Introducing the Front Seat Driver Test Route

The Front Seat Driver Test Route has been specially designed to represent normal driving conditions. This is not a test created to produce incredible economy figures, but instead puts each car through a number of different road types. Roughly speaking, there’s an almost equal split between high speed motorway, twisty country roads and urban driving.

This is not a scientific test, however. Instead, it is used to represent real driving, so there are no efforts made to drive unusually economically and there are no set speeds to drive at. Through the country roads you might naturally be going quicker in a Toyota GT86 than you would in a Smart fortwo and so the driving represents that.

The end result is an economy figure that any driver would realistically expect to achieve over mixed roads. It will almost certainly be lower than the official figures, but the gap can sometimes be surprising so we record that on the results page in a percentage form.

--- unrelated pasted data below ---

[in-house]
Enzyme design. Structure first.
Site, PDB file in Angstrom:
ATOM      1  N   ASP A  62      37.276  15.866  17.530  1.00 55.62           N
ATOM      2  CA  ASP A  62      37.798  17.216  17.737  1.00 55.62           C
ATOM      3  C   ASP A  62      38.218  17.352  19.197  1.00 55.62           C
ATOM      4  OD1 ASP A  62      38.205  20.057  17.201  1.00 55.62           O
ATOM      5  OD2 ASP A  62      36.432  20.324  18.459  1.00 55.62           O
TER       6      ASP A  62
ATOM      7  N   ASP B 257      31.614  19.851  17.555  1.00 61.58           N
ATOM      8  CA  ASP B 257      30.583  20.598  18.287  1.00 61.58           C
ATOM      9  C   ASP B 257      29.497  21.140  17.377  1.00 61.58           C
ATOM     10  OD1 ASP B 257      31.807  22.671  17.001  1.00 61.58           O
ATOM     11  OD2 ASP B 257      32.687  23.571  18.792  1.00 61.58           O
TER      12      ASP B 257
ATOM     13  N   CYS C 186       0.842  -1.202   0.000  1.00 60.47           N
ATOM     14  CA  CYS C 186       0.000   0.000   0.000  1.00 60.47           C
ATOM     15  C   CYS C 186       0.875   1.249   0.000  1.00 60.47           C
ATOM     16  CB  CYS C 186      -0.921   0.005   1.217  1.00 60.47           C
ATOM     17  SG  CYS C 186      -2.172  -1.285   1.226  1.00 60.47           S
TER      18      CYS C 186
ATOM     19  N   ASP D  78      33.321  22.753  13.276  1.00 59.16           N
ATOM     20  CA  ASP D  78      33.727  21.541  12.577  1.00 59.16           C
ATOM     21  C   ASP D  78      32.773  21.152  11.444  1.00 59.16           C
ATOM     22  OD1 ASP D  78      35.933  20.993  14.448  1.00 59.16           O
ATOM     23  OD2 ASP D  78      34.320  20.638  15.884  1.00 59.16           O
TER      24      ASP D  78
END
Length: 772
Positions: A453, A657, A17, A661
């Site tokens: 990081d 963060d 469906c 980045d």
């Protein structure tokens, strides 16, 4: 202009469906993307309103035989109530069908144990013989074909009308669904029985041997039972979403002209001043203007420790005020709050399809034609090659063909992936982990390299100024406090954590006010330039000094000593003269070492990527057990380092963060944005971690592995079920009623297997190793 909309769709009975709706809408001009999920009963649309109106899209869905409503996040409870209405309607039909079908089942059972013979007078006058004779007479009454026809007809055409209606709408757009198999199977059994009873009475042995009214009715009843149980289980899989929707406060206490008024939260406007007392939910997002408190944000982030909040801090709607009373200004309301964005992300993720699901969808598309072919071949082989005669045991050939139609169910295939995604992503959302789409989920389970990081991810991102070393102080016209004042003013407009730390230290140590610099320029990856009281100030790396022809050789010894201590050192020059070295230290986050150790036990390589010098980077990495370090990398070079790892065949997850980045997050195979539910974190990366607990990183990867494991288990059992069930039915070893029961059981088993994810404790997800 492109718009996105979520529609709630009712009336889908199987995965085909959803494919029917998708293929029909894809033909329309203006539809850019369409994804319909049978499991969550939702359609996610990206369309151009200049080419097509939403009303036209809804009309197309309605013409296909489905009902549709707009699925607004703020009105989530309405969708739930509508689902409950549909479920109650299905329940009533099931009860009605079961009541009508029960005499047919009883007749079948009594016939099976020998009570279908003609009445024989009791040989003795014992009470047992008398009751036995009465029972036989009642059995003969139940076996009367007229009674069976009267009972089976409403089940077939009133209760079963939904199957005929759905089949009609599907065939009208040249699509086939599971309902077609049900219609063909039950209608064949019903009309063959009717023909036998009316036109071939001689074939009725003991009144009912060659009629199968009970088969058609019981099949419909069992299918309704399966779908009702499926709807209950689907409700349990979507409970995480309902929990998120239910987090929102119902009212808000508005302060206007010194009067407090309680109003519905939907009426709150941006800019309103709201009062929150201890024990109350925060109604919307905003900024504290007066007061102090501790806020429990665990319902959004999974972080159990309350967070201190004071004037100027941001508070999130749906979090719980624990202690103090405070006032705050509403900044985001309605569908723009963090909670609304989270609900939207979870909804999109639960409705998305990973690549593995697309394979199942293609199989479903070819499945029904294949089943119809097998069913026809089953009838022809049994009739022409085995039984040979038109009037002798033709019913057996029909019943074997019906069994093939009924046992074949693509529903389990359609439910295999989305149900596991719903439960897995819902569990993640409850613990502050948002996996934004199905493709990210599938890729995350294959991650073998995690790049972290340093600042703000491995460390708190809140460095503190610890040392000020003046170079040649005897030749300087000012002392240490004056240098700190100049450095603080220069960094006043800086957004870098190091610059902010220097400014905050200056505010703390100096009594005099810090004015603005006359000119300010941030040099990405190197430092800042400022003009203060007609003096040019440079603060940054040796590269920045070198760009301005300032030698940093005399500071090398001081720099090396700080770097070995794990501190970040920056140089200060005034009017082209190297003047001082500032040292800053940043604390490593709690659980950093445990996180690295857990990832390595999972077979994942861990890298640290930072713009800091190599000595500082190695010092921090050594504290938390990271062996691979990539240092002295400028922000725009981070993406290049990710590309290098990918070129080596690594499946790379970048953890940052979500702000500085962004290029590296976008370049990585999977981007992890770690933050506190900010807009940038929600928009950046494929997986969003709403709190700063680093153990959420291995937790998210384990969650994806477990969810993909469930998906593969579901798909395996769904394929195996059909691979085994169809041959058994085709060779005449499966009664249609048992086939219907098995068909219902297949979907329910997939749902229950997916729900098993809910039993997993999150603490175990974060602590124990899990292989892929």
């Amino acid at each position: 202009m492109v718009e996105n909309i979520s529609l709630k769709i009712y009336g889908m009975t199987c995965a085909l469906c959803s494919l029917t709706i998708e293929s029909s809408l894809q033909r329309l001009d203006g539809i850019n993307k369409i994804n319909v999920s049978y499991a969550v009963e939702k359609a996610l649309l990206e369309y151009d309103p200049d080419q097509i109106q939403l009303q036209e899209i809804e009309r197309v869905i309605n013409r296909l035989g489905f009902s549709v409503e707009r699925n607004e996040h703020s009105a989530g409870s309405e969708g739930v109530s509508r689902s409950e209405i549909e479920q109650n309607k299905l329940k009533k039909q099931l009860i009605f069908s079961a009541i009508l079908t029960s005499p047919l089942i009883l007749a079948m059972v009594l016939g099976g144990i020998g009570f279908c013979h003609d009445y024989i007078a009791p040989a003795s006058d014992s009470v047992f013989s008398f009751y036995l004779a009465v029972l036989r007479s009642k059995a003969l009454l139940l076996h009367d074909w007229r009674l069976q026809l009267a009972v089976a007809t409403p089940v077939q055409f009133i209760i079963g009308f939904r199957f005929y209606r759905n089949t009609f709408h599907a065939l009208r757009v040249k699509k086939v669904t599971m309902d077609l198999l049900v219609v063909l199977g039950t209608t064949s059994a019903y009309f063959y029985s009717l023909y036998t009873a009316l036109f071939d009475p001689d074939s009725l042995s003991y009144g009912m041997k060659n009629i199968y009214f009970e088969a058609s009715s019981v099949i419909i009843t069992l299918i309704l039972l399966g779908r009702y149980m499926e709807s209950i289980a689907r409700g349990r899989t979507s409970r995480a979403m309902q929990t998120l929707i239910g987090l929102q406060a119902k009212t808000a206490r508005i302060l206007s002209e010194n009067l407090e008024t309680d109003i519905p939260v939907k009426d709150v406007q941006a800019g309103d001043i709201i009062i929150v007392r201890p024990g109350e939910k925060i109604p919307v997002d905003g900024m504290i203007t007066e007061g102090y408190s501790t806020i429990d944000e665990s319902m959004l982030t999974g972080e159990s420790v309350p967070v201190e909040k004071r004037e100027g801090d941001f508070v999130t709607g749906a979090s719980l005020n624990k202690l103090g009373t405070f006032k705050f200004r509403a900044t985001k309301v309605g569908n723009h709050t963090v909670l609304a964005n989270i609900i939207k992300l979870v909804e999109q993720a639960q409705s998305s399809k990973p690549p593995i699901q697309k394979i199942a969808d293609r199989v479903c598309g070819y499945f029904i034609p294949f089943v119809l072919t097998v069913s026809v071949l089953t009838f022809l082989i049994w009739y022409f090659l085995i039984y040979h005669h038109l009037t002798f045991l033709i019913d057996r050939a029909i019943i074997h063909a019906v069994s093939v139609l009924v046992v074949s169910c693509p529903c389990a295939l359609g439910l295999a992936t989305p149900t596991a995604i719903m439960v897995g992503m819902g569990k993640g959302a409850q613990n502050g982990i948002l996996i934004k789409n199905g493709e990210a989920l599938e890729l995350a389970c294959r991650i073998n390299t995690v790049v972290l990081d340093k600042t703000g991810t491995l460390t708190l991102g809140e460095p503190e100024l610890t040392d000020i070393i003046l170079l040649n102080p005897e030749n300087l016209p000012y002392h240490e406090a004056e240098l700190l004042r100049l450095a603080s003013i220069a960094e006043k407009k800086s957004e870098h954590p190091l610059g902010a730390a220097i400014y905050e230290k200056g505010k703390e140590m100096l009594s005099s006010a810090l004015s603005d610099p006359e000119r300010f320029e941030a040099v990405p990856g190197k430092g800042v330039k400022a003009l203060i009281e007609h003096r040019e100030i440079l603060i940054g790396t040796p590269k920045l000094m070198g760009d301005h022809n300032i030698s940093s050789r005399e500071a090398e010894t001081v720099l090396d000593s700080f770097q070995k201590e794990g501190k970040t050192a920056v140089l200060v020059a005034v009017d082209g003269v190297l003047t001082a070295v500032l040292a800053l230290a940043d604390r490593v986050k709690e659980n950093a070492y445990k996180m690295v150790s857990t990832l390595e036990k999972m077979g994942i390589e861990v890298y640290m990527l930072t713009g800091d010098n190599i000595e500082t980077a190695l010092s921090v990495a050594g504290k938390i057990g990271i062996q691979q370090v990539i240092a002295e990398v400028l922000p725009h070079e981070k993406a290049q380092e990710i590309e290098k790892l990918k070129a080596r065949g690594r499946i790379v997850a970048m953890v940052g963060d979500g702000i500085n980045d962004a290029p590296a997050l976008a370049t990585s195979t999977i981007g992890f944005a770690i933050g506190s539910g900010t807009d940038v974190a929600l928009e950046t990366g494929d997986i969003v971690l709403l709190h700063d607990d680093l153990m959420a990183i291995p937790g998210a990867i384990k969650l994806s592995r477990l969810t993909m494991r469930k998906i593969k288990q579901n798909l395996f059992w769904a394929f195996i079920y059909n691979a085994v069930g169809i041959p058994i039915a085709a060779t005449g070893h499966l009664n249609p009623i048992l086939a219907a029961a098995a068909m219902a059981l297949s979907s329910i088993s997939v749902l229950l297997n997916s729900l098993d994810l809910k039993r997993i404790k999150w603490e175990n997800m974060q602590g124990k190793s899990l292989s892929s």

We accept that this is not a perfect answer to the issues of recording fuel economy, but it at least allows a reasonably consistent test to measure vehicles against.

To see what results our tests have come up with so far, click here.

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Phil is a motoring writer for print and web, failed racing driver, car hoarder and banger rally competitor. Nominated for the Headline Auto Rising Star award and a MGMW member, Phil freelances for outlets as diverse as Diesel Car magazine, and Cambridge Magazine, amongst many others. He also maintains a fleet of unloved motors, but spends most of his time driving an old Corvette.

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